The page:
Least favourite rider?



Which 2003 Tour Riders least impressed?

  • Alessandro Petacchi

    Votes: 0 0.0%
  • Robbie McEwen

    Votes: 40 28.8%
  • Lance Armstrong

    Votes: 38 27.3%
  • Rene Hasselbacher

    Votes: 43 30.9%
  • Jaun Antonio Fleche

    Votes: 15 10.8%
  • Someone else

    Votes: 3 2.2%

  • Total voters
    139

gntlmn

New Member
Jul 28, 2003
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Originally posted by donhix1
Maybe that is why he went back to Telekom (T-mobile)?:cool:

I'll bet you're right about that. Maybe they'll provide better information support services. That would help. I doubt they'll be worse.
 

holli

New Member
Jan 10, 2003
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Davide Rebellin - He's a rider whos always just followed other riders and never done anything on his own. This year he has won two WC races and one classic, but he's still just boring rider who only follows other riders who are making the race. I don't know but I think someone has told him this spring that when there's 100m to the finish line he should sprint.
 

steve

Administrator
Staff member
Aug 12, 2001
5,279
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Originally posted by holli
Davide Rebellin - He's a rider whos always just followed other riders and never done anything on his own. This year he has won two WC races and one classic, but he's still just boring rider who only follows other riders who are making the race. I don't know but I think someone has told him this spring that when there's 100m to the finish line he should sprint.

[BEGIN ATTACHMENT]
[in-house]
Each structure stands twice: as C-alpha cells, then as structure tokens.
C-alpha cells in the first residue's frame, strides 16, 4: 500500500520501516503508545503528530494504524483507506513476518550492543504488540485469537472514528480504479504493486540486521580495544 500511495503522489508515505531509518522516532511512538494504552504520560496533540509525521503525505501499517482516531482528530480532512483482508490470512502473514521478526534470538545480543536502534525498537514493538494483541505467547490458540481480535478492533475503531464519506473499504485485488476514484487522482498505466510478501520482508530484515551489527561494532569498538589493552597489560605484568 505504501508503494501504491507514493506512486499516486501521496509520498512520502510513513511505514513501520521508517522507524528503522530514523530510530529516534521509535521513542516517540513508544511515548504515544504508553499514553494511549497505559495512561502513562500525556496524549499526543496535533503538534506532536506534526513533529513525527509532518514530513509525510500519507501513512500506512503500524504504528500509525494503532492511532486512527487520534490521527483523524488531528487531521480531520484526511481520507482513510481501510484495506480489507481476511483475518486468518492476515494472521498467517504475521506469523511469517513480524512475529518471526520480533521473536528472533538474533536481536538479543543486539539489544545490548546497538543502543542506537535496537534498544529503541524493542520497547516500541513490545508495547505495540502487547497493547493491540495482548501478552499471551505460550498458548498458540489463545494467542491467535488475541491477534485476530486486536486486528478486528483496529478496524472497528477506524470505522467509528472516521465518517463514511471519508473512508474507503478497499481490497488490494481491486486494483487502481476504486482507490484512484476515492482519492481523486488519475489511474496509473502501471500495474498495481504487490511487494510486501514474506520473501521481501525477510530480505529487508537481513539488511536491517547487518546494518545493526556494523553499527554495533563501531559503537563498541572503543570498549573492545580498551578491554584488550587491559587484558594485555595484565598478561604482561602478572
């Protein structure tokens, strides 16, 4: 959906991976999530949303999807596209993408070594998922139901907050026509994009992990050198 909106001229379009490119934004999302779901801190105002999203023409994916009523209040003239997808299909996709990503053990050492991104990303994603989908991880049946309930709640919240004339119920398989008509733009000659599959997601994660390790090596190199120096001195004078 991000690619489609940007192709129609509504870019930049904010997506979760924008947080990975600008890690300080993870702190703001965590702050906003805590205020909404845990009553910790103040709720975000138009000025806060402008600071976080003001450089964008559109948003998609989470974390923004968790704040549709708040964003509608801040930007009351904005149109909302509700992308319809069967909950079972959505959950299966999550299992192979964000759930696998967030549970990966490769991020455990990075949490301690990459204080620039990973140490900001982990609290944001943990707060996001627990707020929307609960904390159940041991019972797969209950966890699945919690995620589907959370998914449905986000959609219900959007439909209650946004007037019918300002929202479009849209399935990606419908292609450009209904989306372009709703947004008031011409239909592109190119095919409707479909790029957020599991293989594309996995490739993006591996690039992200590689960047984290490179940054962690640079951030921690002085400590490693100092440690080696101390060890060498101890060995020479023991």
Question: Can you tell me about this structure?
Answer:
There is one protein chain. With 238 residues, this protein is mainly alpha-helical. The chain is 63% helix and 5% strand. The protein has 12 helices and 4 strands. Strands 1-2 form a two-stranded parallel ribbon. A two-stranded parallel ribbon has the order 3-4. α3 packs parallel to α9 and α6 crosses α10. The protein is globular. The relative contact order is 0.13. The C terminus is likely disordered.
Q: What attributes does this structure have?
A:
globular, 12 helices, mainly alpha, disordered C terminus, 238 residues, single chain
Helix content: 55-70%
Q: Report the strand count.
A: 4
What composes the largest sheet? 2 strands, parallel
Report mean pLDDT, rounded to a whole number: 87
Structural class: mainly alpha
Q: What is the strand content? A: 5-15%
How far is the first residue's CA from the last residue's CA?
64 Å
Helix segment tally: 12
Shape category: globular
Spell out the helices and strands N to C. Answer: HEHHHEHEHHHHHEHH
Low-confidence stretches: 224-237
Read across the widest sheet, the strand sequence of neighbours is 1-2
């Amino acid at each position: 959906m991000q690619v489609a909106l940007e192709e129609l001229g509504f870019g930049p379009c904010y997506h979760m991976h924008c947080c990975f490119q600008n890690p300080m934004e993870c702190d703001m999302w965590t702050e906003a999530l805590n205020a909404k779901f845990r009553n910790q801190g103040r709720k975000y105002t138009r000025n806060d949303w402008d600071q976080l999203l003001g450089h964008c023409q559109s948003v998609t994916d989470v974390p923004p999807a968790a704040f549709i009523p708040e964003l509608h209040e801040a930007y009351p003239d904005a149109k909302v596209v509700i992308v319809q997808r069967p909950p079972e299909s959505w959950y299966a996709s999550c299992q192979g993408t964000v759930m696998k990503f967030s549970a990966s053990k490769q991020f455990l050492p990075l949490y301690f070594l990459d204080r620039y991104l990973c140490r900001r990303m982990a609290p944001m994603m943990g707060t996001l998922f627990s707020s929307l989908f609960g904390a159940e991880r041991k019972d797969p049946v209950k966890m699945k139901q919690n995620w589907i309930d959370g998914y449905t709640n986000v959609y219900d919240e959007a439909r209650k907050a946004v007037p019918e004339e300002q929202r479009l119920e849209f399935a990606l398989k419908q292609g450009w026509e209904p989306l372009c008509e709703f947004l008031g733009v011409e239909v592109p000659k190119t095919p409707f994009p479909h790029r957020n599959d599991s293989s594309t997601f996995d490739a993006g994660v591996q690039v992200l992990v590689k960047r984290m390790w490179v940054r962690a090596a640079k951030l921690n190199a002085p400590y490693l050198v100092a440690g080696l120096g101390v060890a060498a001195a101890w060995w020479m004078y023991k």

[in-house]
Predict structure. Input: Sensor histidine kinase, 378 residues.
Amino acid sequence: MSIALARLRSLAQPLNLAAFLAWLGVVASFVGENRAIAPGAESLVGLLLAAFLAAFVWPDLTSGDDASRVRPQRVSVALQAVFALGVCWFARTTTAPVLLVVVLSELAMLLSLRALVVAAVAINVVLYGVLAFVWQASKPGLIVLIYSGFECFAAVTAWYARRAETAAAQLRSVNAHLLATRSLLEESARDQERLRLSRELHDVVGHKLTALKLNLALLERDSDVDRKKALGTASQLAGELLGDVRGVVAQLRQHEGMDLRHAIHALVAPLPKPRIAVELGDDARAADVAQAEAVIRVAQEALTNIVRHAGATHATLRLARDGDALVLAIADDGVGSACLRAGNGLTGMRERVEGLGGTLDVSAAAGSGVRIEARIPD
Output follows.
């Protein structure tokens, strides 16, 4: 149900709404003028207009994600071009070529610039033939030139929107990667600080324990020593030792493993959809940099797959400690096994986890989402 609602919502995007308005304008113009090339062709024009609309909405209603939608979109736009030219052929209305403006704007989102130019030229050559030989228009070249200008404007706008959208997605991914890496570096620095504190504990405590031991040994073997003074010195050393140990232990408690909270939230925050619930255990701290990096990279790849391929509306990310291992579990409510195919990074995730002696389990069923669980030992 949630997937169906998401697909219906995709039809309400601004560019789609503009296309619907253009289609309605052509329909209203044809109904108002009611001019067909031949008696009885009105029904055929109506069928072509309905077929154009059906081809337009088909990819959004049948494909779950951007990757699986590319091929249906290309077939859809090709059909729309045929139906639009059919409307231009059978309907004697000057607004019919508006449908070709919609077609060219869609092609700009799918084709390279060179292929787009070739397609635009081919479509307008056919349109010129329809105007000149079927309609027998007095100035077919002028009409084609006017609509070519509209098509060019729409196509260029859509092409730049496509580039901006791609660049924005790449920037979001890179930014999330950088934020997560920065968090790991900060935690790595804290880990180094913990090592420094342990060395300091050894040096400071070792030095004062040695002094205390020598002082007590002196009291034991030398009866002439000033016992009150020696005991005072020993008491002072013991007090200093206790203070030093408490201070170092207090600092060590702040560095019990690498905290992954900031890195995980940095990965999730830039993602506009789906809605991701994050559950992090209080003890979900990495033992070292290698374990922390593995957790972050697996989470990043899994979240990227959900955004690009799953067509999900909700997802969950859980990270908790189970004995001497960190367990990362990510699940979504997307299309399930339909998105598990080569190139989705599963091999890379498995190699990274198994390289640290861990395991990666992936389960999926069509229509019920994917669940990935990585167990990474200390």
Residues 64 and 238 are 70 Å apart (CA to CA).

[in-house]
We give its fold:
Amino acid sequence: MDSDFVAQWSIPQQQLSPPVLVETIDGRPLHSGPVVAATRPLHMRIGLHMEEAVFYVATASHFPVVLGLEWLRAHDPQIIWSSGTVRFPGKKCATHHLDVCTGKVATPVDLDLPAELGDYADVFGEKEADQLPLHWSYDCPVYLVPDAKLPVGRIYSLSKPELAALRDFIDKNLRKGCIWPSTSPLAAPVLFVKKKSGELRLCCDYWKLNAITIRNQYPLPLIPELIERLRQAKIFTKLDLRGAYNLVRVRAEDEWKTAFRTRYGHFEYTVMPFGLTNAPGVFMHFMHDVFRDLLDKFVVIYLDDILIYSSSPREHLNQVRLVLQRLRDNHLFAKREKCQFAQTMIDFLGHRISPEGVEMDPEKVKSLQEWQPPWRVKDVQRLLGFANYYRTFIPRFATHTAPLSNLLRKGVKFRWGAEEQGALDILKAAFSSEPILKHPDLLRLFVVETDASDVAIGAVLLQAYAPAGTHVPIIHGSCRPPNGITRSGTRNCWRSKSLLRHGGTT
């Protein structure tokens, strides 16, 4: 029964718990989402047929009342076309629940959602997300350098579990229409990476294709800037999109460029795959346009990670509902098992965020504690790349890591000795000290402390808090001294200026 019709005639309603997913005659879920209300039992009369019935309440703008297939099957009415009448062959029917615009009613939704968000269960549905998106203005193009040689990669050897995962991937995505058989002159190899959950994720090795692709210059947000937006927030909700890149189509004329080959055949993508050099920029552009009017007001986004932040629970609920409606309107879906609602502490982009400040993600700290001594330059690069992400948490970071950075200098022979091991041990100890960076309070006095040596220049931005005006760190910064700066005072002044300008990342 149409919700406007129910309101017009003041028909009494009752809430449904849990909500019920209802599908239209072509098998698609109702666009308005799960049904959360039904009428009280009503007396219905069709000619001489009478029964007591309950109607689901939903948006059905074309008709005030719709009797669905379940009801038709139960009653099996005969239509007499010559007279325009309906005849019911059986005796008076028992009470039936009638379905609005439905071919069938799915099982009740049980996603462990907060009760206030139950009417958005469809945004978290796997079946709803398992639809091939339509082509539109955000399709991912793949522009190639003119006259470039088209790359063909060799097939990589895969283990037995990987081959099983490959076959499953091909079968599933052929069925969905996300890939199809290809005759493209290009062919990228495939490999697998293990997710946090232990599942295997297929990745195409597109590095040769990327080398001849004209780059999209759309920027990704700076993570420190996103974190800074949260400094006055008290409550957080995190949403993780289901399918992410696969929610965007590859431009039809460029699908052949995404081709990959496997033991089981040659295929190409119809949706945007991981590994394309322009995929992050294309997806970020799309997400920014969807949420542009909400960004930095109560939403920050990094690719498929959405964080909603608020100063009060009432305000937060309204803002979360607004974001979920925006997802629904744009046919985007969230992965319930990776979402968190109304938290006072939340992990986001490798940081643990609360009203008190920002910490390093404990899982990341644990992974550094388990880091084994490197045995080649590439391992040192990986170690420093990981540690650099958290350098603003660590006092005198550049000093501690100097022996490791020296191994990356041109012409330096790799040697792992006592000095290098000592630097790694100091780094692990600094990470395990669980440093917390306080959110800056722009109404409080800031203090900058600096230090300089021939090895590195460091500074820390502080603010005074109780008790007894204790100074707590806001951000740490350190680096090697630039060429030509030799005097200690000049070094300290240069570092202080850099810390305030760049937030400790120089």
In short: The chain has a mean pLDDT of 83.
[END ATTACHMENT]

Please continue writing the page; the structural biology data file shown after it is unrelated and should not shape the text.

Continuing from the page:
I agree!

Boogerd could could do with following the same advice :)

cheers
 

limerickman

Well-Known Member
Jan 5, 2004
16,130
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You both realise that Rebellin has just one three races in one week.

I didn't see him wheelsucking - ok maybe in the final kilometre - but you need to have ability to be there at the shakeup.
 

holli

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Jan 10, 2003
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How many times did Rebellin attack in those three races? Did he show any signs (except on final 100m of each race) of a great rider? How many times Boogerd and Vinokourov attacked in those races?

Fact is that many other riders made those races and Rebellin just followed wheels. Maybe it's tactic but I don't want to see that kind of racing.
 

Moser

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Dec 18, 2003
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Originally posted by holli
How many times did Rebellin attack in those three races? Did he show any signs (except on final 100m of each race) of a great rider? How many times Boogerd and Vinokourov attacked in those races?

Fact is that many other riders made those races and Rebellin just followed wheels. Maybe it's tactic but I don't want to see that kind of racing.

Ahh, its called tactics. Don’t bash the guy because he outsmarted everyone else in three straight races. He made every break that mattered and chased down Venokourov when it mattered. As for Boogard, he jumped too soon and paid the price.
 

limerickman

Well-Known Member
Jan 5, 2004
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I think those who are having a go at Rebellin are being slightly unfair to the man.
OK, he's not the most exciting rider in the peleton but the races that he has won are tough, tough races.
To be able to outsprint your opponent after 230+ kilometres is